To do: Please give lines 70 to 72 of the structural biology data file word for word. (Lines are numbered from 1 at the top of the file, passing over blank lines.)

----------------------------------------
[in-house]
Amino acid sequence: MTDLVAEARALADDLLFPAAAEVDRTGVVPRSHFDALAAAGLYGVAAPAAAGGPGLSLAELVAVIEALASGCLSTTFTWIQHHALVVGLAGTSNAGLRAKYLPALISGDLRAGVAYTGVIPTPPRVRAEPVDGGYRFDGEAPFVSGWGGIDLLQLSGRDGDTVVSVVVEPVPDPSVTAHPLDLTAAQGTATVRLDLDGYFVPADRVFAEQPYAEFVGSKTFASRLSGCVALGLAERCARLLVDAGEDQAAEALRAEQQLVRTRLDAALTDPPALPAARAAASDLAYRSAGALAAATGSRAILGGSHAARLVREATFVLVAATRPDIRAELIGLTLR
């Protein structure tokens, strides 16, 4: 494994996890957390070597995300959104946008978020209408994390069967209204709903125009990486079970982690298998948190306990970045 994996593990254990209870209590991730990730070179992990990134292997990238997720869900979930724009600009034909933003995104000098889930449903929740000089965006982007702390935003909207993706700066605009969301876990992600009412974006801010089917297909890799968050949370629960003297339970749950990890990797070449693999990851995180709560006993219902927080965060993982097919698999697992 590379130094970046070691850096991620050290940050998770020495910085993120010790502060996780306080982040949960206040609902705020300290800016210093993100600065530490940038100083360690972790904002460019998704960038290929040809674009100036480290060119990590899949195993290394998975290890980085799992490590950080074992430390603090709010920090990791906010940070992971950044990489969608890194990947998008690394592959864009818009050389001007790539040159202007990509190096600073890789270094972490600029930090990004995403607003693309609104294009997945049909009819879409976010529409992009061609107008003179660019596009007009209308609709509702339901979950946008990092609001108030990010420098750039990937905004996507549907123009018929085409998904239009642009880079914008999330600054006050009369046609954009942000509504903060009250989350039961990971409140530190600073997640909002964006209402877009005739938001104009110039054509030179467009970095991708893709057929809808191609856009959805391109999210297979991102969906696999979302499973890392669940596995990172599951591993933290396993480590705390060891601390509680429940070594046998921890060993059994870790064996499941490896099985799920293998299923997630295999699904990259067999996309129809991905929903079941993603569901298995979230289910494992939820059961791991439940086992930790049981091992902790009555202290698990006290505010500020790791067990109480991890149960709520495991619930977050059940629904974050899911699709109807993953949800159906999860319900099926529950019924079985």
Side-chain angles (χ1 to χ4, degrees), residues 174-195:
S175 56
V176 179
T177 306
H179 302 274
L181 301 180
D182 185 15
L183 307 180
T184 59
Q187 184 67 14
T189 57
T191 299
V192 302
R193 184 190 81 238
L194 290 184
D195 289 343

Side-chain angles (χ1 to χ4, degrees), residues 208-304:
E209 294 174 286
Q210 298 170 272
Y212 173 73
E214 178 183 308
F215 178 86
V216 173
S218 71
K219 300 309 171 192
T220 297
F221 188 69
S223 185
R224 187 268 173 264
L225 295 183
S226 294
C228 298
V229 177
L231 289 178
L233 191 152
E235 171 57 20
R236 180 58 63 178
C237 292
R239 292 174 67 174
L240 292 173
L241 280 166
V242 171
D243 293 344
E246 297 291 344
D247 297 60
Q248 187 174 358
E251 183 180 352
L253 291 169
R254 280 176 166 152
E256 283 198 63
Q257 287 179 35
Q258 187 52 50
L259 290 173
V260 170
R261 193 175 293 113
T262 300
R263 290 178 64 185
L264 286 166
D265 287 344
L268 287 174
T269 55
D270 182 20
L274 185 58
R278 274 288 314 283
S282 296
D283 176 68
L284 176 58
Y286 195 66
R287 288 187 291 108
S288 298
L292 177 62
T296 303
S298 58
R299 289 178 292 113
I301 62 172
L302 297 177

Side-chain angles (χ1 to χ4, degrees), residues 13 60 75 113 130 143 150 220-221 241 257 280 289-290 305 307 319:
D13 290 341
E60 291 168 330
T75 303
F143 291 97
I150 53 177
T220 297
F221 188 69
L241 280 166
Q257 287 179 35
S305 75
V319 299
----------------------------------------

L284 176 58
Y286 195 66
R287 288 187 291 108